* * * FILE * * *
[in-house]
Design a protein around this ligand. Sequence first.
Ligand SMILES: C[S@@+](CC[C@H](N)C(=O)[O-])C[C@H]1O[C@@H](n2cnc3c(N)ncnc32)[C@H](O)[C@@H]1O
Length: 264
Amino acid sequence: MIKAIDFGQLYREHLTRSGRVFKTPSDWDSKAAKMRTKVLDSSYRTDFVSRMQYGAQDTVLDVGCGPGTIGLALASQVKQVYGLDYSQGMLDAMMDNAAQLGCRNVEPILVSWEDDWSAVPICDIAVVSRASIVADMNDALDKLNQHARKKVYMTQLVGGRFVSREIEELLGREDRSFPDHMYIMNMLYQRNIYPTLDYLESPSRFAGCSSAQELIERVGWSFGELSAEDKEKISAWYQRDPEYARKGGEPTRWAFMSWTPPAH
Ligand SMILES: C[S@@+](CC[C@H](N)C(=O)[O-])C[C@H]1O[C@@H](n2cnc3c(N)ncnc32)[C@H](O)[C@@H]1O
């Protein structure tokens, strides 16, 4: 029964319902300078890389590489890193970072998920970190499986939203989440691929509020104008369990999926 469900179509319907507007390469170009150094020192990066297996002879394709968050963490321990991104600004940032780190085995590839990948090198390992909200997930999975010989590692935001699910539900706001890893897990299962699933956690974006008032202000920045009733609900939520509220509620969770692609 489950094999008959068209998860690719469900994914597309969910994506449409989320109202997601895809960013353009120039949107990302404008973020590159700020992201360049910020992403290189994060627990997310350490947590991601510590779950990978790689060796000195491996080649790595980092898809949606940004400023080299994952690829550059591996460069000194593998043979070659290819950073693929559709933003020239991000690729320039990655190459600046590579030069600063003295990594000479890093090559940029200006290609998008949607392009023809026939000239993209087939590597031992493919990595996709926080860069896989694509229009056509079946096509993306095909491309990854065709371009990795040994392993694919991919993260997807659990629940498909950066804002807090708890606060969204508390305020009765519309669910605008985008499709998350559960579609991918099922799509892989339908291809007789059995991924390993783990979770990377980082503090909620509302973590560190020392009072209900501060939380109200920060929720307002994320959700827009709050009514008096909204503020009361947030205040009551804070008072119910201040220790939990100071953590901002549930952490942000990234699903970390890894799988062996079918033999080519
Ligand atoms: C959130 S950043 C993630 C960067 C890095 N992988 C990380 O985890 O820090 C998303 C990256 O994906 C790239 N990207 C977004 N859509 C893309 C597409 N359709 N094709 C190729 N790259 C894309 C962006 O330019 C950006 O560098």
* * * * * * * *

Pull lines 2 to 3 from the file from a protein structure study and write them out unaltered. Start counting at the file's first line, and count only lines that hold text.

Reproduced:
Design a protein around this ligand. Sequence first.
Ligand SMILES: C[S@@+](CC[C@H](N)C(=O)[O-])C[C@H]1O[C@@H](n2cnc3c(N)ncnc32)[C@H](O)[C@@H]1O